Pray for Peace, Then Pass the Stuffing

(Originally published in Main Line Life on 11/26/08)

Please note: As in any holiday essay, resemblance to current or former family members is purely coincidental and should not be construed as slanderous or mean-spirited in any way whatsoever.

Even in the best of times, putting twenty-two people together in one house, who normally have little to do with one another the rest of the year, and then expecting them to get along and even enjoy one another’s company, is asking an awful lot. Add to that the fact that we still seem to be emerging from a contentious election year, and that we are in a severe economic downturn, and you have the potential for all sorts of interesting dialogue around the dinner table. Just add copious amounts of alcohol, and wait for the fireworks to begin!

When you are young and still living at home, the holidays can be endured fairly easily. Even if weird Uncle John has cornered you once again and is giving you a detailed history of how he sat out the Vietnam War in a cave in the upper provinces of Canada, you can at least slip out at some point in his rambling, marijuana-induced monologue and escape to your room. You don’t know it, but this is the last time you will be able to do this. Once you are an adult, you will actually have to stay and listen. There are no escape routes. (That’s where the alcohol comes in.)

When you leave home and go off to college, or enter the work force, you are not required by any law that I am aware of to return home for the holidays. And you may fleetingly fantasize about skipping the whole thing and flying down to a beach in Mexico instead. Then you call your mother. She tells you it’s “perfectly fine” with her if you go on a nice vacation by yourself. She can shop and cook and clean up for twenty-two people (twenty-one without you) just fine on her own. No problem! Go have fun! You sigh deeply and toss your bikini to the back of your closet.

The next chapter in our holiday saga is perhaps the most fraught with potential landmines. You are now a young newlywed having to choose where to spend the holiday – with your parents or your spouse’s family. There is no right way to do this without causing hard feelings that will be dredged up for decades to come, so, if geographically possible, you will do both. And in a tryptophan and sugar-induced coma you will ponder the miraculous quirk of fate that drew the two of you together.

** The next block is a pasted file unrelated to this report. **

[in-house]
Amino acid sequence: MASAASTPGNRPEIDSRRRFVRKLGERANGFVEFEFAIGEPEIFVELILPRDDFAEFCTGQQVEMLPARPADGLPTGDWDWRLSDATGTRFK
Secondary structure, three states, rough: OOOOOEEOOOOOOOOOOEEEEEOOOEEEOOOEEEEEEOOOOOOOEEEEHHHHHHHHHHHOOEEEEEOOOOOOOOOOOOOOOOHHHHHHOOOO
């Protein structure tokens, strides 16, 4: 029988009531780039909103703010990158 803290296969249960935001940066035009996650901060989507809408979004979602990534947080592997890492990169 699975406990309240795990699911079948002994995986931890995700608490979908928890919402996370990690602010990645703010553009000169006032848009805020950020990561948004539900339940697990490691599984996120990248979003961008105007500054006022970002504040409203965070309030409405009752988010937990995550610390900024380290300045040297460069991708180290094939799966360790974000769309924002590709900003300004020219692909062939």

Somehow a routine is established over the years, and you manage to work out a system that hurts the fewest feelings. (No one will ever be totally satisfied, so don’t even try.) This system involves long drives on icy roads, days of sitting in front of football games you don’t want to watch, maneuvering your way around another woman’s kitchen without offending her way of doing things, and hours of hearing the same stories from Aunt Lillian. It is impossible to escape Aunt Lillian, because once she launches into her monologue, she does not need to take a breath. Ever. That reminds me of when I was a little thing about your size oh did I tell you about Cousin Bob he’s the one who got the cancer horrible way to go he was married to that Portuguese she was an odd one did I show you the scar from my gall bladder surgery maybe I will have another splash of vodka my bunions are killing me that onion dip always gives me gas.
One year – you’re not sure how – the turkey leg gets passed, and suddenly you are now the host. The entire cast of characters moves as one to your home because that’s just the way it is. There is no escaping your fate, there are no trips to Mexico to the beach, so buck up. You will shop and cook and clean and listen to all the stories again, and your children will try and hide in their rooms away from Aunt Lillian. But you will firmly guide them to her, and you will say to them out of her earshot (she can’t hear much now anyway) Sit and listen. You may learn something. She’s family.

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